United States of America, Plaintiff-appellee, v. Valerie Wilson; Mickey Gemmill; Lauri Davis; Anna Henry;sandra Mccloud; John Arellano; Gaylene Timmons; Cildybone; Roy Wilson; Rudy Slaughter; Nancy Wilson; Deborahwilson and Herb Davis, Defendants-appellants, 881 F.2d 596 (9th Cir. 1989)Annotate this Case
Robert B. Bryzman, Legal Services of Northern Cal., Inc., Redding, Cal., for defendants-appellants.
Maria A. Iizuka, Atty., Land & Natural Resources Div., Dept. of Justice, Washington, D.C., for plaintiff-appellee.
Appeal from the United States District Court for the Eastern District of California.
Before BROWNING, BEEZER and KOZINSKI, Circuit Judges.
Claiming rights of exclusive possession to a tract of land occupied by defendants, the United States brought an action for forcible entry and unlawful detainer, seeking an order for the removal of any individual currently in possession of the property. After the United States moved for summary judgment, defendants moved for a continuance on grounds that they wished to take further discovery; the district court refused and instead granted the government's summary judgment motion. Defendants appeal. We review the district court's refusal of the continuance for an abuse of discretion, see Beneficial Standard Life Ins. Co. v. Madariaga, 851 F.2d 271, 277 (9th Cir. 1988), and its grant of summary judgment de novo. See Alaska Fish & Wildlife Fed'n & Outdoor Council, Inc. v. Dunkle, 829 F.2d 933, 940 (9th Cir. 1987), cert. denied, --- U.S. ----, 108 S. Ct. 1290, 99 L. Ed. 2d 501 (1988).Facts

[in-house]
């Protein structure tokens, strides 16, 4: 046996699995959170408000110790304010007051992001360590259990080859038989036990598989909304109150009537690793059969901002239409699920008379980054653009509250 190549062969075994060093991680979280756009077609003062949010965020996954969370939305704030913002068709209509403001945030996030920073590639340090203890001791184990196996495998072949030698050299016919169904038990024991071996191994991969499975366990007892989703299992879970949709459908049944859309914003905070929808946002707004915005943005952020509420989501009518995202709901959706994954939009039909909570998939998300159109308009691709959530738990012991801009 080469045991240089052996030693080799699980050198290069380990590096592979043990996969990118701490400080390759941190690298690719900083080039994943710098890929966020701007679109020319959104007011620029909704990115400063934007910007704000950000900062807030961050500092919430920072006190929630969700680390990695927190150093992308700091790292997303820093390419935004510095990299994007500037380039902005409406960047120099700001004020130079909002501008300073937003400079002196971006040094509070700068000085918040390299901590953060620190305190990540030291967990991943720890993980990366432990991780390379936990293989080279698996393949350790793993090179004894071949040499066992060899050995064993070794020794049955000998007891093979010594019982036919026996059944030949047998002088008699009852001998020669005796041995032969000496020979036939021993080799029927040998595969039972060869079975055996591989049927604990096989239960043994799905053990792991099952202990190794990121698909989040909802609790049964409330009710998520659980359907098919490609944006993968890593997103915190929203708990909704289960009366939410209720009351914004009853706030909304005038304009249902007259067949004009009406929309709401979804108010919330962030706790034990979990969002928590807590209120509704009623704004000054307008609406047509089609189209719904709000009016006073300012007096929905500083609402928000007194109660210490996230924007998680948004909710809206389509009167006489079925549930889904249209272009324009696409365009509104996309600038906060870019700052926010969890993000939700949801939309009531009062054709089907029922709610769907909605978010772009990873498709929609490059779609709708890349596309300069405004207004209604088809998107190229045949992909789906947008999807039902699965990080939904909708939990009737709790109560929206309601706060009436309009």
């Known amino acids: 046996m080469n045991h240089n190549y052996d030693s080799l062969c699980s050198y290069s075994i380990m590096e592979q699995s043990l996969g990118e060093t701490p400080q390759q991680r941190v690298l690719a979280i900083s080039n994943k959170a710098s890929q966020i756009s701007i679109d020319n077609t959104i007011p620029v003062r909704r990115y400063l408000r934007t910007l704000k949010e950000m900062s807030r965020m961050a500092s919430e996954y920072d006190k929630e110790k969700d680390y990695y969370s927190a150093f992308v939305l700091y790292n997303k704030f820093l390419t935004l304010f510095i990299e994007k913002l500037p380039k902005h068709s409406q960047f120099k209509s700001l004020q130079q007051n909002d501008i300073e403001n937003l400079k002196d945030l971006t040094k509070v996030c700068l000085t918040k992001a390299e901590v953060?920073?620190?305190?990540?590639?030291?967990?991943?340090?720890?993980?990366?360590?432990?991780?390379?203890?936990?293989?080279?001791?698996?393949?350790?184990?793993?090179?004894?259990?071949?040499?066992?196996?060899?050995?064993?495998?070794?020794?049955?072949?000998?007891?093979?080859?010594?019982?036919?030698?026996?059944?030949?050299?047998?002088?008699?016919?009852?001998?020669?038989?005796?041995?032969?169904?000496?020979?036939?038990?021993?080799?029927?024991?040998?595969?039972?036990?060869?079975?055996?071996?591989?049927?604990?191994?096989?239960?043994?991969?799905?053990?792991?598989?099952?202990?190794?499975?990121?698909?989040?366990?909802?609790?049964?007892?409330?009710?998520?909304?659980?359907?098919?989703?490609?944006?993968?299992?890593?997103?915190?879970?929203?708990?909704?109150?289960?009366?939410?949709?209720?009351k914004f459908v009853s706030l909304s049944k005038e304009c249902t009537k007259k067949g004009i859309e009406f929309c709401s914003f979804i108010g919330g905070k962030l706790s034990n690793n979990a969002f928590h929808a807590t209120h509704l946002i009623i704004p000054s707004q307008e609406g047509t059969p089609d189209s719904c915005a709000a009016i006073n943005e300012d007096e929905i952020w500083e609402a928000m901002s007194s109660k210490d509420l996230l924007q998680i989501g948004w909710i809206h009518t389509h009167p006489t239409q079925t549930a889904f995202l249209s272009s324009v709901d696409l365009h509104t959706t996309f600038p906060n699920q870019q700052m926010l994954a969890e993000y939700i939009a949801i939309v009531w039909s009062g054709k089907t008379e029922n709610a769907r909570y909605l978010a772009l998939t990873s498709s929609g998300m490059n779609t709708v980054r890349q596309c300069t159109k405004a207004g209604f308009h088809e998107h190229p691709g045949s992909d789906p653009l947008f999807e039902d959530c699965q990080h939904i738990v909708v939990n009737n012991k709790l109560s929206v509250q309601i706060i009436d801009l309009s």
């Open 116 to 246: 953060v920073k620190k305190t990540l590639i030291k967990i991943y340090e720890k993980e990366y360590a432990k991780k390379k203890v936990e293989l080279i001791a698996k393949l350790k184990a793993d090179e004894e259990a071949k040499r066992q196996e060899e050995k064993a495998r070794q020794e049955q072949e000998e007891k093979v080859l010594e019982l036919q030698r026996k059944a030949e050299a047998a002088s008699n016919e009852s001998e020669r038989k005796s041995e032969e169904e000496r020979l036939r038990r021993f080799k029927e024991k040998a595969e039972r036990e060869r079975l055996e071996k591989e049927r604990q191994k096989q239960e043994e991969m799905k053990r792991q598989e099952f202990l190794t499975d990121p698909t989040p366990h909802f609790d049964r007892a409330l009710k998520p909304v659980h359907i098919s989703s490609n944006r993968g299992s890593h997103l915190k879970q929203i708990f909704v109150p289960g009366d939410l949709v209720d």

In 1973, the Bureau of Indian Affairs issued a use permit to Toyon Wintu Center, Inc. (the Center), for a 61-acre tract of government-owned land in Shasta County, California. The use permit authorized the Center to "enter into rental agreements with such present occupants of the premises as Permittee deems proper." Excerpts of Record (ER) at 24. The permit was issued for "an indefinite period of time" and could "be terminated at the discretion of either the Permittor or the Permittee." Id. at 25. In 1984, the BIA terminated the 1973 use permit and issued the Center a "Revocable Use Permit." This permit, issued on May 8, 1984, provided that: